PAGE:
The keyword of Friday night’s official programme is “Youth”. At the festival club, you can enjoy the performance of 15-year-old rapper EIXD from Aruküla, whose lyrics tackle social issues and may even bring additional thoughts to some of the topics debated at the discussions. Then, Liis Ring aka Cirkl who is studying music and sound production in Gothenburg takes stage with her dreamy indie-pop, a hovering cross between jazz and classical music. To finish off the first day you can listen to playful improvisations by Edmund Hõbe, a multi-instrumentalist from Tartu.
Saturday is all about psychedelic sounds and vinyl. Once the last discussions have ended, Berk Vaher, a multi-talent with an odd taste in music, and Ahto Külvet, a vinyl enthusiast who gets excited by the products of weird-looking record labels, invite you to the first ever Psycho Disco in Paide. The audience will be welcomed by the colourful world of analogue music with repertoire expanding from Kazakhstan to Latvia and from Brazil to Poland. The motto of Psycho Disco is simple − we are all equal before the Moog keyboard!
Translated to English by Piret Raudsepp.
Paide has been home to the Opinion Festival since its beginning. What kind of town does it take to host one of the coolest events of the summer? What is the festival’s influence on this quiet and peaceful place in the heart of Estonia? The mayor of Paide, Siret Pihelgas explains and talks about other exciting things as well.
What are the benefits of Paide being the festival site?
Firstly, we are located in the centre of Estonia so that it’s easily accessible for everyone. Another big advantage is that the town is small and compact. At first, the festival took place only in Vallimägi, which holds many people. Now we have also expanded to the centre, which is actually only a few steps away from Vallimägi. Various themed areas, accommodation places and an opportunity to get to know the town − they’re all close at hand.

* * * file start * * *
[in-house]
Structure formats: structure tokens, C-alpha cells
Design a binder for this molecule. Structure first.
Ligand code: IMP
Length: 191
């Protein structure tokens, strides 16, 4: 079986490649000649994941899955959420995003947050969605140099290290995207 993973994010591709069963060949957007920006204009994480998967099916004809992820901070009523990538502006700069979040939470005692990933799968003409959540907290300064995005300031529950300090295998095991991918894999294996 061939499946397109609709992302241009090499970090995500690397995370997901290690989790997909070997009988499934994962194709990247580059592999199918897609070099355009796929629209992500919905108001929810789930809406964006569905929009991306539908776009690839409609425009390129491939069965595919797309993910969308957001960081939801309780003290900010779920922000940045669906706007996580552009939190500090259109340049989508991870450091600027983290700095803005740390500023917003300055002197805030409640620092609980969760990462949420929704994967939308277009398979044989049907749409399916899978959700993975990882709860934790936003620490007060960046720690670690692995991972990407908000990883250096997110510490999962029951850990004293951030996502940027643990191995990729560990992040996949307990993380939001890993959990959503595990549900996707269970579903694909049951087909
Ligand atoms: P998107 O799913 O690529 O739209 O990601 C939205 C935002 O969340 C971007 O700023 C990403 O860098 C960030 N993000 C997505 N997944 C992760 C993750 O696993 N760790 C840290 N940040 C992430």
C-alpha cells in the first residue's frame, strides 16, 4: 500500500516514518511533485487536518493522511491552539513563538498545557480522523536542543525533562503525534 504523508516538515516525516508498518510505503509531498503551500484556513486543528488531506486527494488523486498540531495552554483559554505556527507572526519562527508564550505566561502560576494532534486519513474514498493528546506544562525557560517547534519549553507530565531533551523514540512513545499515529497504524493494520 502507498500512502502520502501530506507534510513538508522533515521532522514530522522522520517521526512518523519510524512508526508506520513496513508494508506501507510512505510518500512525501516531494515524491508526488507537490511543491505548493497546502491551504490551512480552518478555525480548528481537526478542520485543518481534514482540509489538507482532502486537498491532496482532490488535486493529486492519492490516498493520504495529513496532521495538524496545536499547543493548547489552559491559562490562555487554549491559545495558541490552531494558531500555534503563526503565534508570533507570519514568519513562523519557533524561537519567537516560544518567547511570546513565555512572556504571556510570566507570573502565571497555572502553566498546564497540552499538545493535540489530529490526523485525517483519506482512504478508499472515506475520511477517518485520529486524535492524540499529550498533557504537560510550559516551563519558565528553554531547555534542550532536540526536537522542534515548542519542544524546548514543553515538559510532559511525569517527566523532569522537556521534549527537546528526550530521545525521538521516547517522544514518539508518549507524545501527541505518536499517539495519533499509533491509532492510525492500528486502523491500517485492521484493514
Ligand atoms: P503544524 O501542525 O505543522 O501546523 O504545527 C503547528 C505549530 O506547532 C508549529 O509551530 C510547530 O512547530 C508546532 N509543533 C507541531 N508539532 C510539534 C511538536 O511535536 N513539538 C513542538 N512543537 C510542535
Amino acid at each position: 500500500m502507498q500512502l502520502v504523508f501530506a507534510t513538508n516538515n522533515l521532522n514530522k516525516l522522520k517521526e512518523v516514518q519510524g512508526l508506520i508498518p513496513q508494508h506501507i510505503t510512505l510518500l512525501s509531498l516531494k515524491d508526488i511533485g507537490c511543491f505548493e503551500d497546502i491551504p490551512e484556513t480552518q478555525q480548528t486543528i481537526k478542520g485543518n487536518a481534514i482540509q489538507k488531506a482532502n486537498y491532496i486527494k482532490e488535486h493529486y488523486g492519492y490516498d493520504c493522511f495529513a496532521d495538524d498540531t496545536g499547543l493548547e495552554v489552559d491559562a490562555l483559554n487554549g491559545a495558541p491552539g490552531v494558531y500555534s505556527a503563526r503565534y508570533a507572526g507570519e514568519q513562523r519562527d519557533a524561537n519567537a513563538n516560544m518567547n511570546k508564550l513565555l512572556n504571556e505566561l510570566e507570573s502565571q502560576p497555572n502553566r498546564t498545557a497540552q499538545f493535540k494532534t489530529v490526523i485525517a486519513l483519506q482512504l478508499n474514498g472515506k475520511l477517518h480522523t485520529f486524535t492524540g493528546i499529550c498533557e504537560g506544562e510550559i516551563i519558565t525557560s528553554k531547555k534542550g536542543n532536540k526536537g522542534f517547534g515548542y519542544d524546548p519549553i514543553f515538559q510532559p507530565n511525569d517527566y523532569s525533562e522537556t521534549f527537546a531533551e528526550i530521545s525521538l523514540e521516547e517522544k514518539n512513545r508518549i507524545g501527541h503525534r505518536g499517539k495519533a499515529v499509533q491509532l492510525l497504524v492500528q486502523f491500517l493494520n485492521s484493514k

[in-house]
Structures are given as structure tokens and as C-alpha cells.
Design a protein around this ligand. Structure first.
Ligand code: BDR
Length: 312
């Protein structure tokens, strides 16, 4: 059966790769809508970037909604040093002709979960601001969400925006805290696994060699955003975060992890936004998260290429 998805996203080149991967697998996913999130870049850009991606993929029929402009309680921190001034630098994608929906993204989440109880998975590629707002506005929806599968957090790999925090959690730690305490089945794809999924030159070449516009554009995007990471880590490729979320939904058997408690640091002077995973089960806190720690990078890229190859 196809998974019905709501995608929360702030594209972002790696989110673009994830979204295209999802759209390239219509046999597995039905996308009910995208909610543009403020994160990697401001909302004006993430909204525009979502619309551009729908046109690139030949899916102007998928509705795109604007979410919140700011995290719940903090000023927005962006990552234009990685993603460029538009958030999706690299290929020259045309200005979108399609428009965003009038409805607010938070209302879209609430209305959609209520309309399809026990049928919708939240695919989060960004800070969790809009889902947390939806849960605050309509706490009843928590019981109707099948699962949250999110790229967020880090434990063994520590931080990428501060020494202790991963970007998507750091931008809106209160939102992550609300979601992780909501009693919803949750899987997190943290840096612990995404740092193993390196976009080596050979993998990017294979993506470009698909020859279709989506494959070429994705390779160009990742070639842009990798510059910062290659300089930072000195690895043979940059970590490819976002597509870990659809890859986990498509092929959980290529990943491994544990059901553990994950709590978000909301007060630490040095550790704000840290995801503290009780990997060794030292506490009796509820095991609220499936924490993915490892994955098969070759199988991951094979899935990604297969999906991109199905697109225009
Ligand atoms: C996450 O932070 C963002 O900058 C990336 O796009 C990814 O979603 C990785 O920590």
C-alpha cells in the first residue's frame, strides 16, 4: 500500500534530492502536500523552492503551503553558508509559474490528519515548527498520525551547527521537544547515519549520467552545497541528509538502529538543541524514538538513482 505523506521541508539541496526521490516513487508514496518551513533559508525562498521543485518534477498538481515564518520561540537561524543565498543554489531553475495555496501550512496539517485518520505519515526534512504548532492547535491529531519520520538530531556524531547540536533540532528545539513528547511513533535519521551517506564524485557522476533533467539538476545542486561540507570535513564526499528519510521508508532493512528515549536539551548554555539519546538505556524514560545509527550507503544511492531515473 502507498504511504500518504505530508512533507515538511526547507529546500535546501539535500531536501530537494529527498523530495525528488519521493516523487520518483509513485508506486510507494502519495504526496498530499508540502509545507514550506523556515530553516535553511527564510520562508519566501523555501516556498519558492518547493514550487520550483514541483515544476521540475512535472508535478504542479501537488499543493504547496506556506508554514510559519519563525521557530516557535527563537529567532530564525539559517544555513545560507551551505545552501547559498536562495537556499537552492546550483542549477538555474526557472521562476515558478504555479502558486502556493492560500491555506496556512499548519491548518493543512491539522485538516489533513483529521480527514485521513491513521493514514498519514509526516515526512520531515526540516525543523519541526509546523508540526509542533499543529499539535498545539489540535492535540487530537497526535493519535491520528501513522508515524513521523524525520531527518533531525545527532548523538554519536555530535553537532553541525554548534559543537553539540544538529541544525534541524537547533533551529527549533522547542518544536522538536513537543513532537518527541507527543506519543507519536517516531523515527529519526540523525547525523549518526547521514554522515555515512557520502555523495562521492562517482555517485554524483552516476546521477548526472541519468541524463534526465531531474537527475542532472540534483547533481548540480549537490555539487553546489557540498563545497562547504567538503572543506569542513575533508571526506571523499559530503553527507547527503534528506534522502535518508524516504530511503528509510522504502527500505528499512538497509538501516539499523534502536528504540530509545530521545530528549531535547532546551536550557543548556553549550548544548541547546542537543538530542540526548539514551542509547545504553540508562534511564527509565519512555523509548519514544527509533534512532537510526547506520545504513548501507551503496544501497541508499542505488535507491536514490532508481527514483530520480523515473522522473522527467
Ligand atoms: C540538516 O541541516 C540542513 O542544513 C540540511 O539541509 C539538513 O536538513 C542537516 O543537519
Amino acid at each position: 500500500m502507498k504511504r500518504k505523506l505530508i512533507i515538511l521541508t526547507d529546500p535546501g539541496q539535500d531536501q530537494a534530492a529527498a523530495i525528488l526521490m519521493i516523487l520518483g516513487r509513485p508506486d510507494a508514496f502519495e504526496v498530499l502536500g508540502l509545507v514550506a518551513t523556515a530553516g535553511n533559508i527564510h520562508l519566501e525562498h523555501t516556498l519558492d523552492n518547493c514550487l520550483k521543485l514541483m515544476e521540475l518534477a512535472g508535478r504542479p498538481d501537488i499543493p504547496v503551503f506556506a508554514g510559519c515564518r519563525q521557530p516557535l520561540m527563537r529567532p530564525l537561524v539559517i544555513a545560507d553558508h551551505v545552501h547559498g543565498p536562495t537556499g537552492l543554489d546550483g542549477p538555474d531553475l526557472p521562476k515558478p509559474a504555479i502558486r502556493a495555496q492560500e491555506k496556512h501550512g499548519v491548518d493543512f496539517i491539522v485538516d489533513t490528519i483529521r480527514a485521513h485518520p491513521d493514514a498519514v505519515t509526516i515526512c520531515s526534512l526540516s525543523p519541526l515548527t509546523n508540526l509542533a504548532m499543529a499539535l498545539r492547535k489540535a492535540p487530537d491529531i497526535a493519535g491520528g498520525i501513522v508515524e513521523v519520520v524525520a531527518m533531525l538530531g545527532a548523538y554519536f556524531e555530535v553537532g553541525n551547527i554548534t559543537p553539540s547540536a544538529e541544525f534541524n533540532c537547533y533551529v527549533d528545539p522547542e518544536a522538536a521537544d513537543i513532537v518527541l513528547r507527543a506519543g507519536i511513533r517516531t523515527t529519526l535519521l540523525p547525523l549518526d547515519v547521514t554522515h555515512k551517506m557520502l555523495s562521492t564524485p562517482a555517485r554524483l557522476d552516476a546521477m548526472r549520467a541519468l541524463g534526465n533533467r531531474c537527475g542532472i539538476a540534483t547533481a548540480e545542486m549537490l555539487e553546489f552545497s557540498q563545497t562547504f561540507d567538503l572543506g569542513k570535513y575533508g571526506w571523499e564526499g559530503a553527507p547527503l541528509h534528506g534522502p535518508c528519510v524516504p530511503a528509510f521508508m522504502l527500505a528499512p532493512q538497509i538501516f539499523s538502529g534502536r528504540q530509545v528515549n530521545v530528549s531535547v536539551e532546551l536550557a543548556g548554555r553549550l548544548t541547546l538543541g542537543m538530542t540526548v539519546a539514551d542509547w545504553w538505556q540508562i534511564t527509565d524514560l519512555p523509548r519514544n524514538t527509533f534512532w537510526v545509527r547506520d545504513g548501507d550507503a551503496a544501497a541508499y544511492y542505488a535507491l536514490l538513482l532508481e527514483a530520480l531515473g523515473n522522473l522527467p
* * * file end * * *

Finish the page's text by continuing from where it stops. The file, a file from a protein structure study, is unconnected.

Paide already has several years of experience of hosting the Festival. What are the important things to remember when hosting an event this big?
The most important thing is the community and making sure of a smooth cooperation. With these things, you could organise the Opinion Festival anywhere. Any undertaking of this size always relies on people. Therefore, it’s really great that there are so many volunteers who are trying their hardest and are willing to give one hundred per cent regardless of their family and work obligations to make this festival happen. Many of the volunteers are actually from here and every year after the festival they all come together and start planning the next year at once.
What are the festival’s benefits to your town?
The fact that the festival takes place in Paide is a really big gift for us, no kidding. Many people hadn’t been to Paide before or they didn’t have a reason to come here, but thanks to the Opinion Festival lots of people have now discovered our town. Even during those couple of days, it’s good to see young families taking an interest in the abandoned houses of the old town and saying that this place has the right atmosphere that they need to settle down.
Of course, another great thing is that local companies − namely restaurants and shops − earn more money during this weekend than maybe for the entire year.